Crossing Paths: Beadwork from the Millicent Rogers Museum and the E. Irving Couse Collection has opened and focuses on the history of beadwork in northern New Mexico–an art form not typically associated with the Southwest.
The diverse community of Taos, New Mexico has acted as a center for cross-cultural interactions and exchange for centuries, if not longer. Before and after the arrival of the Spanish into the region, Taos Pueblo was a significant center for trade between the Pueblo communities to the south and the tribal nations of the Plains to the north.
In addition, several Native nations from Oklahoma and Texas have ancestral ties to northern New Mexico, and have interacted and traded with the Indigenous communities in and around Taos. By the late 1800s and into the early 1900s, Anglo-traders had entered the scene, and the introduction of the Santa Fe Railway and their train cars full of curious tourists brought a substantial market for any and all Native American-made products. The artistic styles and subjects of the Taos Society of Artists, made popular by the Santa Fe Railway, inspired even more travelers to visit the region and collect fine Native-made art, such as pottery and beadwork.
The majority of the beadwork from this exhibit dates from 1880-1910, which is a significant date range because it marks a key moment in time when traditional, or utilitarian, objects were commodified and given a new purpose as a source of income for Native American communities.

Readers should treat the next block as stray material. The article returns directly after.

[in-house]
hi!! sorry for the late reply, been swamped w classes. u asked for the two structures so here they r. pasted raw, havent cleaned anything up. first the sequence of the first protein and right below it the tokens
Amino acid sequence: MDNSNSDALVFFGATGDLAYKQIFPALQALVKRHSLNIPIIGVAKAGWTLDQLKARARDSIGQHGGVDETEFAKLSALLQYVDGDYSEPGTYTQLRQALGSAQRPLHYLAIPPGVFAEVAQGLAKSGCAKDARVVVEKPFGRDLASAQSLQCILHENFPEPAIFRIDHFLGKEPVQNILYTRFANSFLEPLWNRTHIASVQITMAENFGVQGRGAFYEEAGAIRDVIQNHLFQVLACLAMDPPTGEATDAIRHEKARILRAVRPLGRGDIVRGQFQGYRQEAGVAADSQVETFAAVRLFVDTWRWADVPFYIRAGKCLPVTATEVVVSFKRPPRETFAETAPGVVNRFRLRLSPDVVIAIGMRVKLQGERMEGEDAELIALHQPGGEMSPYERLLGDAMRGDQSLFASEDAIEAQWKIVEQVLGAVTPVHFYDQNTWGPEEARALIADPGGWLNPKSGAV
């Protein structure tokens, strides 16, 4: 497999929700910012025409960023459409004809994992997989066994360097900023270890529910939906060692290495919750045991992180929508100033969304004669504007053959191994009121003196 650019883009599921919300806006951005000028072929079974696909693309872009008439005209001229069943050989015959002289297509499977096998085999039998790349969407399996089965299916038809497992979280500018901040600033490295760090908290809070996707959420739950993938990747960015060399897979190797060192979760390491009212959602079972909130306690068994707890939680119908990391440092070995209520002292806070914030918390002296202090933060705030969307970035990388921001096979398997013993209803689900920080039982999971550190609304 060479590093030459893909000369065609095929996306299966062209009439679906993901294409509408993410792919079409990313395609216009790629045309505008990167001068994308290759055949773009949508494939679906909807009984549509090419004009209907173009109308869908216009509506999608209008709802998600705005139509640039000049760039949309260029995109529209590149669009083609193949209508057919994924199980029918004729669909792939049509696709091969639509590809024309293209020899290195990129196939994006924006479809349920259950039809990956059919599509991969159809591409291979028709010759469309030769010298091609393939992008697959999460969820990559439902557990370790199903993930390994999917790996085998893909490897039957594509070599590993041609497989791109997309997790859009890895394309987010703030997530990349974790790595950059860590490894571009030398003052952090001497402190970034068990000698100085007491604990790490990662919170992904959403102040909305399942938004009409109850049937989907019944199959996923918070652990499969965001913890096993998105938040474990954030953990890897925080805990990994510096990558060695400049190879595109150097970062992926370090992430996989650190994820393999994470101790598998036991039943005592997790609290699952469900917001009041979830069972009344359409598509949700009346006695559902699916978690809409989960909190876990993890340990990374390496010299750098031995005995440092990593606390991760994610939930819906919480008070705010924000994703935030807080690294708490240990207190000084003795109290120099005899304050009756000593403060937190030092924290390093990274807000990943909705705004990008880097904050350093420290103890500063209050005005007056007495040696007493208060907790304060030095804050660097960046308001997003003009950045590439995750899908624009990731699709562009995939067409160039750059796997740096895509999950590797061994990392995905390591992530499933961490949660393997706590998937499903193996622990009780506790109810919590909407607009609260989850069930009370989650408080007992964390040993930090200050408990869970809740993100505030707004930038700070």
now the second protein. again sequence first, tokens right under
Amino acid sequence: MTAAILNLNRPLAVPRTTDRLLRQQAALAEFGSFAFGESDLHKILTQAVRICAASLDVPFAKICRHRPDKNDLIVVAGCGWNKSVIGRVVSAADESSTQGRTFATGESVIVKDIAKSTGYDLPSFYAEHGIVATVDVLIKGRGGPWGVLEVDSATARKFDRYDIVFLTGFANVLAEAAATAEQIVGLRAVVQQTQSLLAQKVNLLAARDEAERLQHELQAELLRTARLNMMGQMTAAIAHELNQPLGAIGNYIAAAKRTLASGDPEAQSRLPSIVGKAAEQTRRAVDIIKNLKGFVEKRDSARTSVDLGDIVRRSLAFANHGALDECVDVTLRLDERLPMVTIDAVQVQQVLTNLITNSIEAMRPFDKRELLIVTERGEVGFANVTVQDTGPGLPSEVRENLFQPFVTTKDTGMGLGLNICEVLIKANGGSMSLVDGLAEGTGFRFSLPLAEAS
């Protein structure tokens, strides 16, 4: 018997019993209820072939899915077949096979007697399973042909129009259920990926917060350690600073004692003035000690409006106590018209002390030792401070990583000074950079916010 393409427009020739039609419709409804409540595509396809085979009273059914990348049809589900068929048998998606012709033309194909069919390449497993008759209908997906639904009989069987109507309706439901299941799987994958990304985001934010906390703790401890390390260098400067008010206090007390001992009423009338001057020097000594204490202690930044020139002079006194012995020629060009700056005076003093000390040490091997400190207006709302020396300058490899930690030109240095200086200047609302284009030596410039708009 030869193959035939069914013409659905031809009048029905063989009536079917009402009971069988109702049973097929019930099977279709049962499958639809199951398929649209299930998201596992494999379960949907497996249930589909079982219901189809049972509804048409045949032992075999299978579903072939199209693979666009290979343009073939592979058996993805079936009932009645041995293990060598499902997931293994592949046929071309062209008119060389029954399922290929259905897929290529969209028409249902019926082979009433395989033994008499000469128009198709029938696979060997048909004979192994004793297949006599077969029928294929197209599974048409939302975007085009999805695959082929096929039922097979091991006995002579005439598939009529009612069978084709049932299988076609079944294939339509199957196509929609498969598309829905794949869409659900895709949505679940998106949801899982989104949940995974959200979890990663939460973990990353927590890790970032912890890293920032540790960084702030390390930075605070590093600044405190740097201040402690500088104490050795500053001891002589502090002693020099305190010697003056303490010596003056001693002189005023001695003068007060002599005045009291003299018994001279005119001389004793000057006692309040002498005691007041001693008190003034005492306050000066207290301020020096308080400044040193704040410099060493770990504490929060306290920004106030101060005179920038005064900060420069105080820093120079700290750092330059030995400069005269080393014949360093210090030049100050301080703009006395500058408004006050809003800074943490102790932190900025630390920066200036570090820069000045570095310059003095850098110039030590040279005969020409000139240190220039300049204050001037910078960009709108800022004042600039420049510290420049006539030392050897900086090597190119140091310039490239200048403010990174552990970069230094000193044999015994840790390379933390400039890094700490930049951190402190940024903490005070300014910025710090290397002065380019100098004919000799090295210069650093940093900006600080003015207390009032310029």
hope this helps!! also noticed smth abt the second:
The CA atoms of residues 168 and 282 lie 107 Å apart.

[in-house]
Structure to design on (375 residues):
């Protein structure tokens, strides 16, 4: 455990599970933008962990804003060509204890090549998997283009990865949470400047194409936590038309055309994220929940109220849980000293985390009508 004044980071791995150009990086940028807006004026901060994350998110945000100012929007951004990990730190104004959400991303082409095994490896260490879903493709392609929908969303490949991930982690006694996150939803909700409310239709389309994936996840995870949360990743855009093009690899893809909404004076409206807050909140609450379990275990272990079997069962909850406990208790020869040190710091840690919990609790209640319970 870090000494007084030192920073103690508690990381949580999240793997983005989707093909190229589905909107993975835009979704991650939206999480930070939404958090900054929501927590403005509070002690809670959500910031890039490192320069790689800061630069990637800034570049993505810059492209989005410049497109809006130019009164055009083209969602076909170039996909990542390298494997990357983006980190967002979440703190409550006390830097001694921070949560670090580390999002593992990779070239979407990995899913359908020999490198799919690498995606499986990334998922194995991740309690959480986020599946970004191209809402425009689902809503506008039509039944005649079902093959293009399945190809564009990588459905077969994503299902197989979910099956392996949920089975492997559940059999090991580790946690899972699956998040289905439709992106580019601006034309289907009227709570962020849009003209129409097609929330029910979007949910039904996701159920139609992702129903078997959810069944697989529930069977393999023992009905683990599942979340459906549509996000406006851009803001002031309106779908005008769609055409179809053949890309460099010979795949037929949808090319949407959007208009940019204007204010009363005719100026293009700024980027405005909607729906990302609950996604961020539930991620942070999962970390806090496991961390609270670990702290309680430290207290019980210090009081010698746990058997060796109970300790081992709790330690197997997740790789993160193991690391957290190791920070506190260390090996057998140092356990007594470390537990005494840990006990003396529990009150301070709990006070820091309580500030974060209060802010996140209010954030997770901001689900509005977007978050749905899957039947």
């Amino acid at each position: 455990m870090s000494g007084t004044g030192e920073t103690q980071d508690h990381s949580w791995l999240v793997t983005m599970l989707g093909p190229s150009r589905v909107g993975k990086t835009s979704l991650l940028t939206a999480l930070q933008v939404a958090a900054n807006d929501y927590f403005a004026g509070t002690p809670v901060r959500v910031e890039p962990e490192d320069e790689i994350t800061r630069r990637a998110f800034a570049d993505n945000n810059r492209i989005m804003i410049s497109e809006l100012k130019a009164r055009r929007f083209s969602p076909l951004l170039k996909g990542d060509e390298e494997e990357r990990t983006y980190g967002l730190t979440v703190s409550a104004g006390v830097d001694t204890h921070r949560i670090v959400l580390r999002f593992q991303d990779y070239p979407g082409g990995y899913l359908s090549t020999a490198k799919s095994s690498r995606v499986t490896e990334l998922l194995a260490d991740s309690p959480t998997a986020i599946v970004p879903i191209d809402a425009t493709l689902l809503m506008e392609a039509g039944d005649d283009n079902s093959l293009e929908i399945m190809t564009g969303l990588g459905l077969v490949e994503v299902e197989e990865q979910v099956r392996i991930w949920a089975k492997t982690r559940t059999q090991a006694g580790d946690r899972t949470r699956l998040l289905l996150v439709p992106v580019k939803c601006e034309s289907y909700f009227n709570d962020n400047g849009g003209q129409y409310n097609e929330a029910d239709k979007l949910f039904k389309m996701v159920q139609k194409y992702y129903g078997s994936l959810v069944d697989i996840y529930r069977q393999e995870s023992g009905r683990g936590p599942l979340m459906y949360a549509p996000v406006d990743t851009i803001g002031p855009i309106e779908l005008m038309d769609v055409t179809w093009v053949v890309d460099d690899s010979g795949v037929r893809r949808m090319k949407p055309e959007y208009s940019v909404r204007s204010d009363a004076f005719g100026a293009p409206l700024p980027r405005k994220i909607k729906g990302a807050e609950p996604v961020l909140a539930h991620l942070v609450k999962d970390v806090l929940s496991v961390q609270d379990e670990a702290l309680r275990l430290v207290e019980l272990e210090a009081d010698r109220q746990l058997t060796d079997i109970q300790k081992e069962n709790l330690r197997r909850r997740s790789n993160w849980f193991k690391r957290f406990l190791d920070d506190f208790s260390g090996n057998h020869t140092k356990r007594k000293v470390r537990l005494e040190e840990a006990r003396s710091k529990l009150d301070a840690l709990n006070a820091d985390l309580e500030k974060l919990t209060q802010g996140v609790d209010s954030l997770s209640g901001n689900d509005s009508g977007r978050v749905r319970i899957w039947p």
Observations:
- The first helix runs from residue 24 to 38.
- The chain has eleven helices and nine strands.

Finely crafted beaded works that were collected by Millicent Rogers’ youngest son and the founder of the MRM, Paul Peralta-Ramos, are paired with items collected by the painter and first president of the Taos Society of Artists, E. Irving Couse. These items presumably originate from Oklahoma, Colorado, Utah, and as far north as the Dakotas and beyond.
Crossing Paths examines the history of how this art form made its way into northern New Mexico through trade connections with the north and the cultural interconnectivity that has since ensued. By featuring works from the Couse collection, the exhibit also demonstrates how the use of Native American-made objects in the paintings produced for the promotional purposes of the Santa Fe Railway helped create and inspire a thriving market for Native American art in the Southwest.
This exhibit will be on view through Jan. 31, 2017. Visit the MRM website for more information.